At least 14 people died one week ago when a boat full of migrants capsized off the coast of Lampedusa, Italy. Only two days before that, more than 40 migrants drowned off the coast of Libya as they tried to reach Europe.
Since the overthrow of Muammar Gaddafi three years ago, the number of migrants passing through Libya has risen sharply. Sub-Saharan Africans have long been sources of cheap labor and many of them use Libya as a jump off point to reach Europe.
Although they are not equipped to properly address the issue alone, the Libyan coastguard did capture nearly 500 illegal migrants over the course of three days in early April.
Usually, the detainees are sent to police stations for processing and examination. Men, women and children are then separated and sent to various detention centres around the country.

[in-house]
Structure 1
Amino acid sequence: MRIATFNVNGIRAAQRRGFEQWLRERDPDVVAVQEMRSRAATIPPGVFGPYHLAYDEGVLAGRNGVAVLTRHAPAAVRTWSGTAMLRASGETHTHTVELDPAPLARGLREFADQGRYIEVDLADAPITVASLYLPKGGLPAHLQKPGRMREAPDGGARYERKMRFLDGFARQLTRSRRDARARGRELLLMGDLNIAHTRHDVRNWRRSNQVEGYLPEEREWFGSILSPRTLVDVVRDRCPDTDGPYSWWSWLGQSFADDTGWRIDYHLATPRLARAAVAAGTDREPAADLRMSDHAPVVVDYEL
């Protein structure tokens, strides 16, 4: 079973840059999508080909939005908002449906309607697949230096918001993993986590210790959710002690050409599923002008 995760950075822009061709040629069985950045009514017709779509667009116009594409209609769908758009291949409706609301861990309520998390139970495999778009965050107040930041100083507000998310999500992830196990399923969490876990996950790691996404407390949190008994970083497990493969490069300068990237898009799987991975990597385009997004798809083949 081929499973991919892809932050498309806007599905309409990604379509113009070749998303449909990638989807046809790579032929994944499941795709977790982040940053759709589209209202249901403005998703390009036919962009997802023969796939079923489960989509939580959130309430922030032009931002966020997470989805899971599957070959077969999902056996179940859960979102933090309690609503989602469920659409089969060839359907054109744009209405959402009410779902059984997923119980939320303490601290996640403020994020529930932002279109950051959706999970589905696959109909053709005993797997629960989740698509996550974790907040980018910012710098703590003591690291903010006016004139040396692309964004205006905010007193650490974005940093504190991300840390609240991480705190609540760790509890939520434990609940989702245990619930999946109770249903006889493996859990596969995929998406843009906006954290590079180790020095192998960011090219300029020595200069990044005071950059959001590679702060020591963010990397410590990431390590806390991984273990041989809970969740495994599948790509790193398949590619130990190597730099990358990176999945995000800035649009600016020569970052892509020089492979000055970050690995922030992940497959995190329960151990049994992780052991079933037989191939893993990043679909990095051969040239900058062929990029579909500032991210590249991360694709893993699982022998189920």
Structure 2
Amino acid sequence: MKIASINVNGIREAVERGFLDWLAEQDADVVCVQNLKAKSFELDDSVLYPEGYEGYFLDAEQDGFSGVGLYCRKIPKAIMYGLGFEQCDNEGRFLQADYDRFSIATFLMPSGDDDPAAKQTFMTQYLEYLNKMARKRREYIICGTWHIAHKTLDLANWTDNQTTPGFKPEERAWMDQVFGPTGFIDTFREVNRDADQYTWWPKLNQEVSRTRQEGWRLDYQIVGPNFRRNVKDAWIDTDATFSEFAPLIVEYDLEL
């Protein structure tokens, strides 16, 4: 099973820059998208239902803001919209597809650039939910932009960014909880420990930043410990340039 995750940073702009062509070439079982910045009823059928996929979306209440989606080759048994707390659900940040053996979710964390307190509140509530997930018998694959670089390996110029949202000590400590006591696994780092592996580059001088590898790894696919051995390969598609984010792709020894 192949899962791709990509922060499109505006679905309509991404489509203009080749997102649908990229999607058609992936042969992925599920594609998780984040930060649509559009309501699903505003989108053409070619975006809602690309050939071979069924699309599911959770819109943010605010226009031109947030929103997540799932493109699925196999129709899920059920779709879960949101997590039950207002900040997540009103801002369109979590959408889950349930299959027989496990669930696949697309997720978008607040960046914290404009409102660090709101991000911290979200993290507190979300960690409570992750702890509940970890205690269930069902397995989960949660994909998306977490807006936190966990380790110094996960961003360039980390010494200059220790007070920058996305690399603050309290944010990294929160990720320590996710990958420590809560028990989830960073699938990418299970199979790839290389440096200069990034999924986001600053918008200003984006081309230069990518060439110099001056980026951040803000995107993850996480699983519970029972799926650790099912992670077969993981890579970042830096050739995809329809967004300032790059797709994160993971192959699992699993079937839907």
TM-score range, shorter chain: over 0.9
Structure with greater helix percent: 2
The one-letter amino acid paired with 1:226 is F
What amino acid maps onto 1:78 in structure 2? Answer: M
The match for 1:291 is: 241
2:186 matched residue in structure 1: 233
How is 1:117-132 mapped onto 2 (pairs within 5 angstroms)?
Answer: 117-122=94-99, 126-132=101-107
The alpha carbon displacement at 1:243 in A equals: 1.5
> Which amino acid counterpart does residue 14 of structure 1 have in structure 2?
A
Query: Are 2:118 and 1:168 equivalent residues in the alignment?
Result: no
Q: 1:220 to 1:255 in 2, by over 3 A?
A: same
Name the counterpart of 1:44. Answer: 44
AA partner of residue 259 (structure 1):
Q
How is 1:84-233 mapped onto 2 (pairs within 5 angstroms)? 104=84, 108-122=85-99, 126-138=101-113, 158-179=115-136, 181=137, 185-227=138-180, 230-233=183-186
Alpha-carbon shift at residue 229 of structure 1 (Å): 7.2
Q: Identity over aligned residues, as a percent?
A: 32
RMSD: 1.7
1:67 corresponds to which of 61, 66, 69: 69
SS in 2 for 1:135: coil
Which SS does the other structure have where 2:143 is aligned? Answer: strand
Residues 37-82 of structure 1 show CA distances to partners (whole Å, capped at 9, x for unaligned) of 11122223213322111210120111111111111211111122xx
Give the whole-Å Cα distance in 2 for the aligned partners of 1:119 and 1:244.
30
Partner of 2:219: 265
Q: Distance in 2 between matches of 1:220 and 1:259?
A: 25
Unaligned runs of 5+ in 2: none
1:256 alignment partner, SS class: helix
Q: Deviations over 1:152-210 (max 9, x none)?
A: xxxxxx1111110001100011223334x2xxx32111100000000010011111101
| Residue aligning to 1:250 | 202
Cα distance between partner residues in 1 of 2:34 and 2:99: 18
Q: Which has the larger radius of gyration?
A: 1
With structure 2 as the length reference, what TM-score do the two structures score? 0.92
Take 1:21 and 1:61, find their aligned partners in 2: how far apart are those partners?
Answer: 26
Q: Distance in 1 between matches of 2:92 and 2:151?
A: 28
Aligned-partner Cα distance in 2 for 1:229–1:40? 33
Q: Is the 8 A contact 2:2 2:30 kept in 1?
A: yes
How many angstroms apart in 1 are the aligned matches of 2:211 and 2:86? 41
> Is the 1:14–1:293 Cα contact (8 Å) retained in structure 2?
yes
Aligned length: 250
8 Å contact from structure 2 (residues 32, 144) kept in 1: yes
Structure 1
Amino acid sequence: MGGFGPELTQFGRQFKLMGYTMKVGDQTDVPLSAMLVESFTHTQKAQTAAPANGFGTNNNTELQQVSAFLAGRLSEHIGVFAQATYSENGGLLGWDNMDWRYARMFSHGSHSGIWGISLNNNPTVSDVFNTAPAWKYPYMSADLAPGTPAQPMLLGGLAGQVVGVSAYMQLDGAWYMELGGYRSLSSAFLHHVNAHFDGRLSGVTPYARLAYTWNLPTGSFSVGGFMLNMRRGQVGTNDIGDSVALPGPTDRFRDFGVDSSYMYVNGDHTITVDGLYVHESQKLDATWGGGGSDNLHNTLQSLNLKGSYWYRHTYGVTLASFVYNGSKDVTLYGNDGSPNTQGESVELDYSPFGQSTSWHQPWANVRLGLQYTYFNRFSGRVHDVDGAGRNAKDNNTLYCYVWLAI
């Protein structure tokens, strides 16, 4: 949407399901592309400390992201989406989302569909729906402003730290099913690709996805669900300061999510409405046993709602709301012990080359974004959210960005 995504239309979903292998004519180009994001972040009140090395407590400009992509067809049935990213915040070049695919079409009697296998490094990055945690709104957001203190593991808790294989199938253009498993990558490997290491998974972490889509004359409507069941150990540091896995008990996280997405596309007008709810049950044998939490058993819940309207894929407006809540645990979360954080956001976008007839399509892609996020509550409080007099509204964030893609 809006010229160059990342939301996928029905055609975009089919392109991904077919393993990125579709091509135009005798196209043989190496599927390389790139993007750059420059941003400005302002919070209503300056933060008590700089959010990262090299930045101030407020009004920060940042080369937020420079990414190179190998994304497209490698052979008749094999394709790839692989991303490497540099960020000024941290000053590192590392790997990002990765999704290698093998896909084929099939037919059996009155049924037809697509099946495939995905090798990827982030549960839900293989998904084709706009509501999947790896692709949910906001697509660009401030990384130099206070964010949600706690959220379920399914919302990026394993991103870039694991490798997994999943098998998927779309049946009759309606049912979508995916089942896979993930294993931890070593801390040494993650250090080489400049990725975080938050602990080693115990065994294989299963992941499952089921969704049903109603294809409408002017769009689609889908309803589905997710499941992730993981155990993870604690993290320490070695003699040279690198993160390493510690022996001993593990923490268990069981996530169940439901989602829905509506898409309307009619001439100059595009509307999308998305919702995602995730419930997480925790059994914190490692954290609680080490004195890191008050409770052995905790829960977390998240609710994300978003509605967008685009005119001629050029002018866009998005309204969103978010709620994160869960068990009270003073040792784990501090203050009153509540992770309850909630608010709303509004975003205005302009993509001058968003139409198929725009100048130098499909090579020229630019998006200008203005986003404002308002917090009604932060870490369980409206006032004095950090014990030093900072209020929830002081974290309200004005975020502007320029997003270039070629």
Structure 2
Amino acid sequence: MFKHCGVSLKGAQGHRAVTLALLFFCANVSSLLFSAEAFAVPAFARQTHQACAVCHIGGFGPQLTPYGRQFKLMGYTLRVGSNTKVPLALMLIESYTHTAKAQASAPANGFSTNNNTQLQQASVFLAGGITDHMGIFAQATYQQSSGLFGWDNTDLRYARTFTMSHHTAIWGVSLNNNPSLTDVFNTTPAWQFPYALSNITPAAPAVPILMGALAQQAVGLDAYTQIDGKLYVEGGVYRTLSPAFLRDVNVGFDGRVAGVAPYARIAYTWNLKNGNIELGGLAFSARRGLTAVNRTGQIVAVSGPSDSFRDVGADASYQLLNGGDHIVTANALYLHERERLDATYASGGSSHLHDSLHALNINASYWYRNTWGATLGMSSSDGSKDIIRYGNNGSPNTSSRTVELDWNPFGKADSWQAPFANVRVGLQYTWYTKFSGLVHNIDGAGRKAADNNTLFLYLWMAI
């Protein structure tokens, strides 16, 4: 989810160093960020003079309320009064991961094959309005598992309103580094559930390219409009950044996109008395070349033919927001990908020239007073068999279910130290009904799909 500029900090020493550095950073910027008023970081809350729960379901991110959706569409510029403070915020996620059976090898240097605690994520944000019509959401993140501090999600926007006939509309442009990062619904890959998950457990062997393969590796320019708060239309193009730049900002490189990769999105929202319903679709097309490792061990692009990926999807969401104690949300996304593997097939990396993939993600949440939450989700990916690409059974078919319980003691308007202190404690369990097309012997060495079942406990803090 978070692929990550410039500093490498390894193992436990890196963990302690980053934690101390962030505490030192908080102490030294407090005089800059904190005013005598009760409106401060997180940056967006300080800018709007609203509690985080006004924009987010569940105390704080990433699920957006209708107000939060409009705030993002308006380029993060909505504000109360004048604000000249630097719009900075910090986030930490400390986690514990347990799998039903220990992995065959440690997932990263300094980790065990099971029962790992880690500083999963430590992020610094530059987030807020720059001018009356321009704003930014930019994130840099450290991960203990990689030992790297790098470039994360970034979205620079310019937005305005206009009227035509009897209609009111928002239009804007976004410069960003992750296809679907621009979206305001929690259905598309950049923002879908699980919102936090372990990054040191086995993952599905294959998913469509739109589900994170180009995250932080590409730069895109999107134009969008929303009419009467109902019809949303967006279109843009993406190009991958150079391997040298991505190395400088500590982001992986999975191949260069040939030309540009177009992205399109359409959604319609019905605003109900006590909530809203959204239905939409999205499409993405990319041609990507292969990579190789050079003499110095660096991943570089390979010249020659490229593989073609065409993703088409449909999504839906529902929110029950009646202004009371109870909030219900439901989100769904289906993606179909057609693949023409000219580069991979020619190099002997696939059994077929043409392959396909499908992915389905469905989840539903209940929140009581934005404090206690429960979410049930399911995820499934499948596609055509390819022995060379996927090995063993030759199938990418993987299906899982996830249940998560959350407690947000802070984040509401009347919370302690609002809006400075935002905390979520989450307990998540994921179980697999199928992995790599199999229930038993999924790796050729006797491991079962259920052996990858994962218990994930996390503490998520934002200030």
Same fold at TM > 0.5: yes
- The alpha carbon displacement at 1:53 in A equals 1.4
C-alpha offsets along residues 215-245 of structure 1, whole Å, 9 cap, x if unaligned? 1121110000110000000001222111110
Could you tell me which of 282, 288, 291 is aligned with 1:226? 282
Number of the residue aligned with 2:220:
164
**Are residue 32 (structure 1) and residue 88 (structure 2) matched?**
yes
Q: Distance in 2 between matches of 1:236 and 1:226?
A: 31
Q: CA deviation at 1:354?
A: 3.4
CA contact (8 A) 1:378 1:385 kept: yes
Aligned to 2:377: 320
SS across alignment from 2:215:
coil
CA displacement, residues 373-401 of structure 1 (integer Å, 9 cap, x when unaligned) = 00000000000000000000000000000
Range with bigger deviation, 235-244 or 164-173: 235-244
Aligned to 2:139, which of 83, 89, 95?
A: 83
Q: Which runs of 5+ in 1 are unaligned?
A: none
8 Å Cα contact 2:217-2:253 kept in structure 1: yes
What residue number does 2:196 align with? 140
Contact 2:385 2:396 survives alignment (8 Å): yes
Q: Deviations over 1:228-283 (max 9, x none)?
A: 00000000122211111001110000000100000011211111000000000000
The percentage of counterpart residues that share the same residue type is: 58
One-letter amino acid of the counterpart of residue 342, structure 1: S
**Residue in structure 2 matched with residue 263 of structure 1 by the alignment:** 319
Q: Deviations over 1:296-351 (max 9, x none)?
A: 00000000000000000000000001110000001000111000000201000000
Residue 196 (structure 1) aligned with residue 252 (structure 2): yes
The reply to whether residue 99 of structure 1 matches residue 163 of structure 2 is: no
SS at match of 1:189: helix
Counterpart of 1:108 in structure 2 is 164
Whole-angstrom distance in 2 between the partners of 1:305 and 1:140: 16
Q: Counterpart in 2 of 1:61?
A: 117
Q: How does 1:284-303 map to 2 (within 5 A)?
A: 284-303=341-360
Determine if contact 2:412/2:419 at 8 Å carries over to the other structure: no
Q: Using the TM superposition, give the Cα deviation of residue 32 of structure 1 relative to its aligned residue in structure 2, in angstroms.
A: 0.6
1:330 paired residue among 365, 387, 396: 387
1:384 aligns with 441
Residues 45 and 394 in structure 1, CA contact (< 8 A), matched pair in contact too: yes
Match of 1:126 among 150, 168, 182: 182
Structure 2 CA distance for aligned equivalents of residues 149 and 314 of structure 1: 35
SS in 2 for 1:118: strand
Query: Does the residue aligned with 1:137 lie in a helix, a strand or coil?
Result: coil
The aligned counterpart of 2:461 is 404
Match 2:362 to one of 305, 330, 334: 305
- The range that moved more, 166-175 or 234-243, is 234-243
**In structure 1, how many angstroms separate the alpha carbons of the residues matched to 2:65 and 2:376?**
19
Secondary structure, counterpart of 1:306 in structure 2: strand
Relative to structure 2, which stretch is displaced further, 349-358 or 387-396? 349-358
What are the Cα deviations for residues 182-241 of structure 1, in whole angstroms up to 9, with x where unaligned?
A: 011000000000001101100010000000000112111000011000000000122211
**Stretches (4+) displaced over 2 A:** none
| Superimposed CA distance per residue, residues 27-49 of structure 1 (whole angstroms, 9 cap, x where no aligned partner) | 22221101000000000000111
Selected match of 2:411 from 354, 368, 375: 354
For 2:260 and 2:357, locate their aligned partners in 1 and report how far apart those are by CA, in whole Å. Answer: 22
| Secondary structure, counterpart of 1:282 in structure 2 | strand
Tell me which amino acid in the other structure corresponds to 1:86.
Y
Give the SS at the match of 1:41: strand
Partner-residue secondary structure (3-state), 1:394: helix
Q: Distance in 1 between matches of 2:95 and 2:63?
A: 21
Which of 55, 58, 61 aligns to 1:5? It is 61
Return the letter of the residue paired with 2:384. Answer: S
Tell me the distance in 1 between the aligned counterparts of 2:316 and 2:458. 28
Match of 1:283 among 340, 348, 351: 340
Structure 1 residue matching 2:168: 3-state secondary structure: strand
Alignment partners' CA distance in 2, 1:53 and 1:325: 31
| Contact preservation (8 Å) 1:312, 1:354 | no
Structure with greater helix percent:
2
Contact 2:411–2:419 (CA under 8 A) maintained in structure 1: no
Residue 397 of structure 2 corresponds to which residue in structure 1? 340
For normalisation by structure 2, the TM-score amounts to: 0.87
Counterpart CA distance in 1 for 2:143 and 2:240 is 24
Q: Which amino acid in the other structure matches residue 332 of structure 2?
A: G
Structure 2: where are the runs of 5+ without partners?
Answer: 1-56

Al Jazeera visited one of those facilities near Gharyan, just over an hour's drive from Tripoli. Some of the men said they had been there for over a year with little time outside their cells. Many complained of mistreatment and discrimination, an unfortunate but common problem facing sub-Saharan Africans in Libya.
One of the guards and the man responsible for running the camp told Al Jazeera that conditions are not what they should be because they are poorly resourced and short staffed. They blame the government and say they are doing the best they can under the circumstances.